This was the challenge facing Milli Thornton when a student from a Denver workshop declared that he wished to come to a summer workshop in Taos.
“Michael O’Hara was not just any writing student,” Milli said. “He’d given up writing ten years ago because he couldn’t bear the angst that went with it.”
By chance, on the shuttle on his way to work one morning, Michael picked up a copy of WestWord and leafed to a tiny notice buried in the events calendar announcing the Fear of Writing Clinic.
Captivated by the name of the workshop but with no way to travel by car to the Arvada Center, Michael rode his bike from downtown Denver—an hour’s ride at least.
Thornton said, “When he arrived, Michael blurted with a huge grin, ‘This entire day is an adventure for me!’ He enjoyed the workshop, which was held in May, and later wrote me a letter saying, ‘I want to come to Taos for a summer workshop.’ Since Michael had already attended the Fear of Writing Clinic, the onus was on me to come up with something new. I also couldn’t ask someone traveling from Denver to come all that way for a one-day workshop, so I set about designing a two-dayer with all new, fresh material.”
Thornton had a vision of writers gathered in a setting replete with Taos atmosphere; experiencing sensory wonders and then writing about it from personal experience. Employing surprise visitations and writing exercises designed to release her workshop participants into realms of fun, adventure, and imagination, the Tantrick Writing Clinic was born. Writing exercises with tantalizing titles such as “Snail Mail from Africa,” “Circus Faustus,” “Swear Like an Aussie,” and “She Becomes a Goddess” are brought to life with secret sensory aids.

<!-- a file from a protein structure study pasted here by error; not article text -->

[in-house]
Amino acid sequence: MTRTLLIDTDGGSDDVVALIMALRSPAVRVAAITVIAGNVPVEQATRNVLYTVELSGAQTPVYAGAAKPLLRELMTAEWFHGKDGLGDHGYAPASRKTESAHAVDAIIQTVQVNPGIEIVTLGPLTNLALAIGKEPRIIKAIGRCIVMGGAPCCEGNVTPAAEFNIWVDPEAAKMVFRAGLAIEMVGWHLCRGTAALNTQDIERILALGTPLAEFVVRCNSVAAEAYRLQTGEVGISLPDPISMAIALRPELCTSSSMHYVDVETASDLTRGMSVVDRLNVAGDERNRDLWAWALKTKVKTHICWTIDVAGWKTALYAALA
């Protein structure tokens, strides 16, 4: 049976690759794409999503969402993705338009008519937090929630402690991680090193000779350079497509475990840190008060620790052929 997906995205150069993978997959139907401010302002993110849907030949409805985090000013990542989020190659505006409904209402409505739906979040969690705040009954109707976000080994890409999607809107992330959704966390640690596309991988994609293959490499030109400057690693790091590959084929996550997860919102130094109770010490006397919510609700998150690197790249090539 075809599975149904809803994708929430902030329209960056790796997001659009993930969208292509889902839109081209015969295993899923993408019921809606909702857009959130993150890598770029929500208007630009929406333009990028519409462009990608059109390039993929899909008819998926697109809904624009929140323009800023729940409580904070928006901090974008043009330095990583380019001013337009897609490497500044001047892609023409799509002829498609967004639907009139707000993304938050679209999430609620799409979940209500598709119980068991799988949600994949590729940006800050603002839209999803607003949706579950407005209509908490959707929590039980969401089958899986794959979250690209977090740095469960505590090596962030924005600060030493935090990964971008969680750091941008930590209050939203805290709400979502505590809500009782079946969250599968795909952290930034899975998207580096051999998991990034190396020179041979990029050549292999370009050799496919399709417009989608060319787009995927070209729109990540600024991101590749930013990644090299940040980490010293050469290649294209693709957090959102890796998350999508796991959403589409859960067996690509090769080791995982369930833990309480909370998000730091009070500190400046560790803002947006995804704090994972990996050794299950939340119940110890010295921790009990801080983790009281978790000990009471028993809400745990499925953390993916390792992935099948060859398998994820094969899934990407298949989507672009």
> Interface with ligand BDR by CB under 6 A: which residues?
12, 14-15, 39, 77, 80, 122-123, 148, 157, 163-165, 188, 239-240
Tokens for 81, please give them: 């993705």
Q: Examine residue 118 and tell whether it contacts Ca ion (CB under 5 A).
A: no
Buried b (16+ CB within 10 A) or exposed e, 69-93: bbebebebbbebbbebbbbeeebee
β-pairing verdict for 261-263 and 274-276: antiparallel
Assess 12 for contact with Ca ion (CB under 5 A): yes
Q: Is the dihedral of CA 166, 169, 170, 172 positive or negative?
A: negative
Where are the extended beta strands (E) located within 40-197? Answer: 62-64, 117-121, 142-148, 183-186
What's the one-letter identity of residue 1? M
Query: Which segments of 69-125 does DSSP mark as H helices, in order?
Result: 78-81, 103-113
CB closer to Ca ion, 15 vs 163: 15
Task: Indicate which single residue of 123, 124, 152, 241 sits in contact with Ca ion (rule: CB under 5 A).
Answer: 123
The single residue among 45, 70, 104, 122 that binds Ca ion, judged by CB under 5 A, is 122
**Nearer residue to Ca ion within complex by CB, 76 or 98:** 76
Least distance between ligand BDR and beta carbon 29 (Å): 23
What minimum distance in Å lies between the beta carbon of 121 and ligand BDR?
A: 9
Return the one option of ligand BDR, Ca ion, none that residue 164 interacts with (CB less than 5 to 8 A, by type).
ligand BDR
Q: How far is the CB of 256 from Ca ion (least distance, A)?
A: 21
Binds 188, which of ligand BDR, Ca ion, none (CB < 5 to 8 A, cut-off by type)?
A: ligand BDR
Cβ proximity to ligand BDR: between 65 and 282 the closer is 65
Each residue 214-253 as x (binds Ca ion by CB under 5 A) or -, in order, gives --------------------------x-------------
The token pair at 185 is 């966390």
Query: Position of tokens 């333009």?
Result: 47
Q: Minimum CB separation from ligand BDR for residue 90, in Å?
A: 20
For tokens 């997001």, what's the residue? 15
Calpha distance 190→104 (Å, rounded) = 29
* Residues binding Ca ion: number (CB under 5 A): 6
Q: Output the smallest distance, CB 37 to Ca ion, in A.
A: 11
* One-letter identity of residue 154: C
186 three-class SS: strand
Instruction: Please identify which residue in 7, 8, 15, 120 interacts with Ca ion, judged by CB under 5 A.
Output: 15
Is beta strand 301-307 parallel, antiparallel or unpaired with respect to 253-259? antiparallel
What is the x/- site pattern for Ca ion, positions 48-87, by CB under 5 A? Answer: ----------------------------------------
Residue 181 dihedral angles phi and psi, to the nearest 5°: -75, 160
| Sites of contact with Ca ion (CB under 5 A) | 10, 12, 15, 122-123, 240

“Those are my surprises,” Thornton says. “I don’t give away those secrets before the workshop.”
So why Tantrick with a k?
Thornton grins. “At first I was looking for a name that would catch people’s eye on a flyer. It’s hard work standing out on a bulletin board with hundreds of other flyers. I was gambling that people would open the cover of my tri-fold flyer out of curiosity—to find out why I spelled it with a k. But the workshop itself has grown to suit that name so much it’s uncanny. People usually associate Tantric with either yoga or sex. This workshop is neither of those, but it does embrace that energy of life and creativity suggested by the word Tantric. Add a ‘k’ and you get the element of fun and cheekiness that my workshops embrace too.”
And the verdict from Michael O’Hara? This quote comes from an emotional piece written by Michael after one of the surprise visitations:
and they must return to the unadorned spaces
where they worked and tried to play?